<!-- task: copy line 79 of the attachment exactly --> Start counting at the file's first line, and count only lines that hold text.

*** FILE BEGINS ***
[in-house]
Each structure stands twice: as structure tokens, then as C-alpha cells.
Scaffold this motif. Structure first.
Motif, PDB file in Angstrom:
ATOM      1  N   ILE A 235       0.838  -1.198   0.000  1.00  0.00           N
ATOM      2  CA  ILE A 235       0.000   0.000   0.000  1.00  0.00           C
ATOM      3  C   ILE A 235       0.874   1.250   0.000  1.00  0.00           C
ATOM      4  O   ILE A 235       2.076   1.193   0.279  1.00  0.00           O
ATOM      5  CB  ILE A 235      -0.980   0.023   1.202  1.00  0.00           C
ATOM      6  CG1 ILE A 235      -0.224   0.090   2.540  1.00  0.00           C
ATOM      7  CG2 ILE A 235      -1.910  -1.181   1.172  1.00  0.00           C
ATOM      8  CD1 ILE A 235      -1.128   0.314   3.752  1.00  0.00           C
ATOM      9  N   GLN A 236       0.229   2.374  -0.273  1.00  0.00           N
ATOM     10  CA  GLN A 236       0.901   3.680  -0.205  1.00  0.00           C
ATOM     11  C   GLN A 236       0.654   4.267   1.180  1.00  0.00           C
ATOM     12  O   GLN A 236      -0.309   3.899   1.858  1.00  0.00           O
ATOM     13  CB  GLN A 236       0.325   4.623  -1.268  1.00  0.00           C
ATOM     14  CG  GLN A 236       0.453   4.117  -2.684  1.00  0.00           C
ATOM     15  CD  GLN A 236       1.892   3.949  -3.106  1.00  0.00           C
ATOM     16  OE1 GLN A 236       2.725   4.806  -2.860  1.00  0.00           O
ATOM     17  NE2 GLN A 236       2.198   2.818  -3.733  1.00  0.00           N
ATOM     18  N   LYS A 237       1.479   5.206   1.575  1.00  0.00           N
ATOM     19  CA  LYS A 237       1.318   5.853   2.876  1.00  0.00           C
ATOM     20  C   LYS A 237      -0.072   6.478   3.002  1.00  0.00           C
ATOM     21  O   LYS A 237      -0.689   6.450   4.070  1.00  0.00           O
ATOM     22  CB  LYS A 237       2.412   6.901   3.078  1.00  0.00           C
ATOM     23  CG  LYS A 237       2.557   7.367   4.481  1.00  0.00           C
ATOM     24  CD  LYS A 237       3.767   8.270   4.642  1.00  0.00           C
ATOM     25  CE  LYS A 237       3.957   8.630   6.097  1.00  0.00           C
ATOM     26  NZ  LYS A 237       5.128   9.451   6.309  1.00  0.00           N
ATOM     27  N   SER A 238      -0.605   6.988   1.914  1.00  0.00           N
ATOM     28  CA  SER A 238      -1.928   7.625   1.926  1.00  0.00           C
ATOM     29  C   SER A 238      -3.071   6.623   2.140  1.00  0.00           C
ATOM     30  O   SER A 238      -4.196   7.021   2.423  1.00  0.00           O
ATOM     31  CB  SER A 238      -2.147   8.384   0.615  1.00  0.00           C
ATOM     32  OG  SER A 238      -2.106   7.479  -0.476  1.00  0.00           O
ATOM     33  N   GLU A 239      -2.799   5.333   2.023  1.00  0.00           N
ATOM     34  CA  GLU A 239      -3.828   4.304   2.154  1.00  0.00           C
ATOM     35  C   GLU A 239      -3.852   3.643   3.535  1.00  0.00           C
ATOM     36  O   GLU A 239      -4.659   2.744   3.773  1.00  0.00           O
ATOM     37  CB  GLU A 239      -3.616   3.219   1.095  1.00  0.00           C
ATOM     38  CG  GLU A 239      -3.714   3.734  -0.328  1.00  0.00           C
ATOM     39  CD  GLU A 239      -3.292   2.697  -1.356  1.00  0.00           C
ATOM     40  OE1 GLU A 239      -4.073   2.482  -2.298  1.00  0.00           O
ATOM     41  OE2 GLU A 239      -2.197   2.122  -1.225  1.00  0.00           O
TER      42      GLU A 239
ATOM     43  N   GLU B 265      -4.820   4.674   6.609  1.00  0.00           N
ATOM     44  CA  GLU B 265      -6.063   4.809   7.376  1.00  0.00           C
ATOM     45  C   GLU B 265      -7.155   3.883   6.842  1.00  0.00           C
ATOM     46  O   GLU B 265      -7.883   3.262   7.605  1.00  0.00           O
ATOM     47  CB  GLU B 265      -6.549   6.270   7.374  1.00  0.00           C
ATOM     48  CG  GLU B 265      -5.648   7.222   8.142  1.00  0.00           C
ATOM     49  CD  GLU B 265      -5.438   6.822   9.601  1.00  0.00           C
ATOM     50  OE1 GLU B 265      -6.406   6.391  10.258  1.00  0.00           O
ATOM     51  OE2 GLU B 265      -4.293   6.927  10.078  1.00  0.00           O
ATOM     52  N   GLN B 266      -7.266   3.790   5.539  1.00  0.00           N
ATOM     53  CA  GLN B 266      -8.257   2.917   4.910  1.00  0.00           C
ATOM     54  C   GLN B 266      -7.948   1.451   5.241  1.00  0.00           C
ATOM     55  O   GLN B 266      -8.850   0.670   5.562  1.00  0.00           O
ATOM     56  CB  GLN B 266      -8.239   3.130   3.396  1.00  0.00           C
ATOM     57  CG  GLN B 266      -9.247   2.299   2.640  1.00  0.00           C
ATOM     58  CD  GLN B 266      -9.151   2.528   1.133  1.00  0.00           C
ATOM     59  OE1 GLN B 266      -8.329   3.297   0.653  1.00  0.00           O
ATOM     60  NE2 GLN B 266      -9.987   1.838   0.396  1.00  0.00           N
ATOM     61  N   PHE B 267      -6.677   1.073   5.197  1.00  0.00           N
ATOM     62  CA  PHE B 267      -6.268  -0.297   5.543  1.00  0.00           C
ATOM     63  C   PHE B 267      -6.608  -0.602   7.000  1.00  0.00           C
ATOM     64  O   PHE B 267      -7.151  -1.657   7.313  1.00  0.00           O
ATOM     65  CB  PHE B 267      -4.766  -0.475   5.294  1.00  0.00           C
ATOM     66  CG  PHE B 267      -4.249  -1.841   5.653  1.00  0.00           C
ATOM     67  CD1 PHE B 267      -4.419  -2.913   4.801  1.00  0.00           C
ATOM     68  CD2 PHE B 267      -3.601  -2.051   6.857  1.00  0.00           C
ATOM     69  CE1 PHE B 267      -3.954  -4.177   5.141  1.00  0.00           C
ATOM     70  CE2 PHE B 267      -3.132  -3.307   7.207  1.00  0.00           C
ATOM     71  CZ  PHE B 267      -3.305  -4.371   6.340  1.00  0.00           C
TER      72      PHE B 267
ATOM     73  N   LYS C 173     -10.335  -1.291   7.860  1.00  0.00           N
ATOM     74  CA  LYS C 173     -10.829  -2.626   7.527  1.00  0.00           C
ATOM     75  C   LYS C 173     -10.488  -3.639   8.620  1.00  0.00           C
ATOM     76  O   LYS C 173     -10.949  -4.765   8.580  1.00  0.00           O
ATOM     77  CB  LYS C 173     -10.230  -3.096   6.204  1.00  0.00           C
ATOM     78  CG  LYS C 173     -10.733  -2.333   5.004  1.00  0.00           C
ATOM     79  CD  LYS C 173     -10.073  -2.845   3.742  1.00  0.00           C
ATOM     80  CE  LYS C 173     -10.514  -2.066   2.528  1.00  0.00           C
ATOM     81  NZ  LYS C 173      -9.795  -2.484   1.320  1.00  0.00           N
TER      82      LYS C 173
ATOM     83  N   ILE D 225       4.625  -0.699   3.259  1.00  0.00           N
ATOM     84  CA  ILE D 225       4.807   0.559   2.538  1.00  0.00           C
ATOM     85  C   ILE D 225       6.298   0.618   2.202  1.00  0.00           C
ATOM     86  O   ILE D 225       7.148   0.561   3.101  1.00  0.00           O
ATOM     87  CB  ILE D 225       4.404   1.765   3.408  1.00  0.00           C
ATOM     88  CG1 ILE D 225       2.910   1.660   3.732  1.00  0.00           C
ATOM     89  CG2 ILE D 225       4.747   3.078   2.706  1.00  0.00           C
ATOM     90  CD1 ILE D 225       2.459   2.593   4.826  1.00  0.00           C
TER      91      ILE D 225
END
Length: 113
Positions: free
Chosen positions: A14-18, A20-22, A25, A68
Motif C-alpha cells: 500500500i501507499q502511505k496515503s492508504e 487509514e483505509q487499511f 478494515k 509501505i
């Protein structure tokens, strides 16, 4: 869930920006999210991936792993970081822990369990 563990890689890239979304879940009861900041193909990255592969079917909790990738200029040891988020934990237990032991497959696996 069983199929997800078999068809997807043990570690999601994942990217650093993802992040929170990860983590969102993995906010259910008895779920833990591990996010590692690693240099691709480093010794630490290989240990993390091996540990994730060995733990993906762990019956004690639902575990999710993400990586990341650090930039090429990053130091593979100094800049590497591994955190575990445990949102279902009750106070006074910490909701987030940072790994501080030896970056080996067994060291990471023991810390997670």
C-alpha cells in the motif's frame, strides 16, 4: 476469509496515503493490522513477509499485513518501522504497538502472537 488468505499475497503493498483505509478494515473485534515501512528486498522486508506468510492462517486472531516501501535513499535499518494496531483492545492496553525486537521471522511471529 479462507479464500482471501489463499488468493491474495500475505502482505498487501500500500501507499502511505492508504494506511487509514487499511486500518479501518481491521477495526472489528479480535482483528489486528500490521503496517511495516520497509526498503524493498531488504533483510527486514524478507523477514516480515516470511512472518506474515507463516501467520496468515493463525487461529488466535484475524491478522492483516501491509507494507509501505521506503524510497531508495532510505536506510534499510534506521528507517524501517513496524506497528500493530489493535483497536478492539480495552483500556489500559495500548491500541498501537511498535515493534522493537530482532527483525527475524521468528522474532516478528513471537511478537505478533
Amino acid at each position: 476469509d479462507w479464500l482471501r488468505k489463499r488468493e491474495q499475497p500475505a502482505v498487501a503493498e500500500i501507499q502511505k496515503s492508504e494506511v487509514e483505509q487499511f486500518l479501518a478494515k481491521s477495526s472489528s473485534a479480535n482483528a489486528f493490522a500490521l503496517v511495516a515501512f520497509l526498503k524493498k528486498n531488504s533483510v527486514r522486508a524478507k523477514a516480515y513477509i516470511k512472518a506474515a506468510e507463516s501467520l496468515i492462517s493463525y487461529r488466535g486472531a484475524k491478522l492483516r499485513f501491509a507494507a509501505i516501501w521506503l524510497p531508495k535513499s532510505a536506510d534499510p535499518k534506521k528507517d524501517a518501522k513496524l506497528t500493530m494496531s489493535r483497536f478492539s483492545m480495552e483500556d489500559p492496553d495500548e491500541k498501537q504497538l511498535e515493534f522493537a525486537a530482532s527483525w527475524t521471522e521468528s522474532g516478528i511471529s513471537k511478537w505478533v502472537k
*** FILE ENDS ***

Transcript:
ATOM     75  C   LYS C 173     -10.488  -3.639   8.620  1.00  0.00           C